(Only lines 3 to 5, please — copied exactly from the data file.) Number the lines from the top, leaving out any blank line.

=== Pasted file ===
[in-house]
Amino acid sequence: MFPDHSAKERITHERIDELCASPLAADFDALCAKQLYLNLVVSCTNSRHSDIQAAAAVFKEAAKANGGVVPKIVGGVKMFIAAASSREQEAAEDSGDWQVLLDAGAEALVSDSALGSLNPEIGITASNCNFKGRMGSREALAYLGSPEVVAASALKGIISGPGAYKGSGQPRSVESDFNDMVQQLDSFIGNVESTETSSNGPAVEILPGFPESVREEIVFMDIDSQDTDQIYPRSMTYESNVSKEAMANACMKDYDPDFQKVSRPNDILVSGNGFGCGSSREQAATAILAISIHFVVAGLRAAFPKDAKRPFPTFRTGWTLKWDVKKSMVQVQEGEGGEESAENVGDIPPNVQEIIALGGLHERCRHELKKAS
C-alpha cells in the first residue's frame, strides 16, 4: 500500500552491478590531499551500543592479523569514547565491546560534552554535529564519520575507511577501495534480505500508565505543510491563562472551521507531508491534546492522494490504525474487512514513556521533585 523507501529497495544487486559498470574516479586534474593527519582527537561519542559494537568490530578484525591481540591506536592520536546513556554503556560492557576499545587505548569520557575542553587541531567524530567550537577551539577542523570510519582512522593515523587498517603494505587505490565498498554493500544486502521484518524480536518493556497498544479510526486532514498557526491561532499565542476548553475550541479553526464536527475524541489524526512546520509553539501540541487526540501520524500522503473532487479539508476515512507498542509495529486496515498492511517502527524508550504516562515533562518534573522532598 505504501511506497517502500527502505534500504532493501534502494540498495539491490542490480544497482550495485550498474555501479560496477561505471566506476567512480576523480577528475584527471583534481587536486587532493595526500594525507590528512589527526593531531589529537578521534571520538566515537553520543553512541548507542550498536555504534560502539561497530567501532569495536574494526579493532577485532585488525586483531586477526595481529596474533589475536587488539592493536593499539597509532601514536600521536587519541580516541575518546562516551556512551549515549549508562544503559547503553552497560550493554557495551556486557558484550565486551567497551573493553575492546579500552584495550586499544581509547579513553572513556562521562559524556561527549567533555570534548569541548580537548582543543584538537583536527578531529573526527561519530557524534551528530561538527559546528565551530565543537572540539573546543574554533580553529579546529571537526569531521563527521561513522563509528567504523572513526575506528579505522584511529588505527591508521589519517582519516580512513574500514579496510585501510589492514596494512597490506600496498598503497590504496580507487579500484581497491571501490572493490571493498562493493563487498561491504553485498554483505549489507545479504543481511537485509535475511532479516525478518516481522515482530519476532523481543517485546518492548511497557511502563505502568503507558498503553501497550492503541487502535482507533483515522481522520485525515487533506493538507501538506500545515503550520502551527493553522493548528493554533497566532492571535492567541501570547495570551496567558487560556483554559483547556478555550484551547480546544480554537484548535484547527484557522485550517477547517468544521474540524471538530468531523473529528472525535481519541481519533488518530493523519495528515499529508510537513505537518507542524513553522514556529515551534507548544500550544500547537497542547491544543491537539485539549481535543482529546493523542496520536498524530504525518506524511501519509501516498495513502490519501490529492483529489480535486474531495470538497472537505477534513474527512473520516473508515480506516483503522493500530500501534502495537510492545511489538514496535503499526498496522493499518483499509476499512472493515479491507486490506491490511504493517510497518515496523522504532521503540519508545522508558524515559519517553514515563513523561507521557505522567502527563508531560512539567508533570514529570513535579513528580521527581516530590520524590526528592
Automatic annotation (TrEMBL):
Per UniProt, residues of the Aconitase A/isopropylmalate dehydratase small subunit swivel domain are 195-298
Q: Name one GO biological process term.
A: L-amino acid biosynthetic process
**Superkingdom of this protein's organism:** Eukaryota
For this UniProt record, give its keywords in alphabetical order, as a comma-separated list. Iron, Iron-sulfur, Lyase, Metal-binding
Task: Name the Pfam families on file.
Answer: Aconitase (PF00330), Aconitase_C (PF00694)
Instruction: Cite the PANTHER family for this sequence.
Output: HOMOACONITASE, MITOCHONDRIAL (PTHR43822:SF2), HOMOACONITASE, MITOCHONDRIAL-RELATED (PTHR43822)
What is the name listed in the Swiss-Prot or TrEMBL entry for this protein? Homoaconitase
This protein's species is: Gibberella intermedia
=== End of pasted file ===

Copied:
C-alpha cells in the first residue's frame, strides 16, 4: 500500500552491478590531499551500543592479523569514547565491546560534552554535529564519520575507511577501495534480505500508565505543510491563562472551521507531508491534546492522494490504525474487512514513556521533585 523507501529497495544487486559498470574516479586534474593527519582527537561519542559494537568490530578484525591481540591506536592520536546513556554503556560492557576499545587505548569520557575542553587541531567524530567550537577551539577542523570510519582512522593515523587498517603494505587505490565498498554493500544486502521484518524480536518493556497498544479510526486532514498557526491561532499565542476548553475550541479553526464536527475524541489524526512546520509553539501540541487526540501520524500522503473532487479539508476515512507498542509495529486496515498492511517502527524508550504516562515533562518534573522532598 505504501511506497517502500527502505534500504532493501534502494540498495539491490542490480544497482550495485550498474555501479560496477561505471566506476567512480576523480577528475584527471583534481587536486587532493595526500594525507590528512589527526593531531589529537578521534571520538566515537553520543553512541548507542550498536555504534560502539561497530567501532569495536574494526579493532577485532585488525586483531586477526595481529596474533589475536587488539592493536593499539597509532601514536600521536587519541580516541575518546562516551556512551549515549549508562544503559547503553552497560550493554557495551556486557558484550565486551567497551573493553575492546579500552584495550586499544581509547579513553572513556562521562559524556561527549567533555570534548569541548580537548582543543584538537583536527578531529573526527561519530557524534551528530561538527559546528565551530565543537572540539573546543574554533580553529579546529571537526569531521563527521561513522563509528567504523572513526575506528579505522584511529588505527591508521589519517582519516580512513574500514579496510585501510589492514596494512597490506600496498598503497590504496580507487579500484581497491571501490572493490571493498562493493563487498561491504553485498554483505549489507545479504543481511537485509535475511532479516525478518516481522515482530519476532523481543517485546518492548511497557511502563505502568503507558498503553501497550492503541487502535482507533483515522481522520485525515487533506493538507501538506500545515503550520502551527493553522493548528493554533497566532492571535492567541501570547495570551496567558487560556483554559483547556478555550484551547480546544480554537484548535484547527484557522485550517477547517468544521474540524471538530468531523473529528472525535481519541481519533488518530493523519495528515499529508510537513505537518507542524513553522514556529515551534507548544500550544500547537497542547491544543491537539485539549481535543482529546493523542496520536498524530504525518506524511501519509501516498495513502490519501490529492483529489480535486474531495470538497472537505477534513474527512473520516473508515480506516483503522493500530500501534502495537510492545511489538514496535503499526498496522493499518483499509476499512472493515479491507486490506491490511504493517510497518515496523522504532521503540519508545522508558524515559519517553514515563513523561507521557505522567502527563508531560512539567508533570514529570513535579513528580521527581516530590520524590526528592
Automatic annotation (TrEMBL):
Per UniProt, residues of the Aconitase A/isopropylmalate dehydratase small subunit swivel domain are 195-298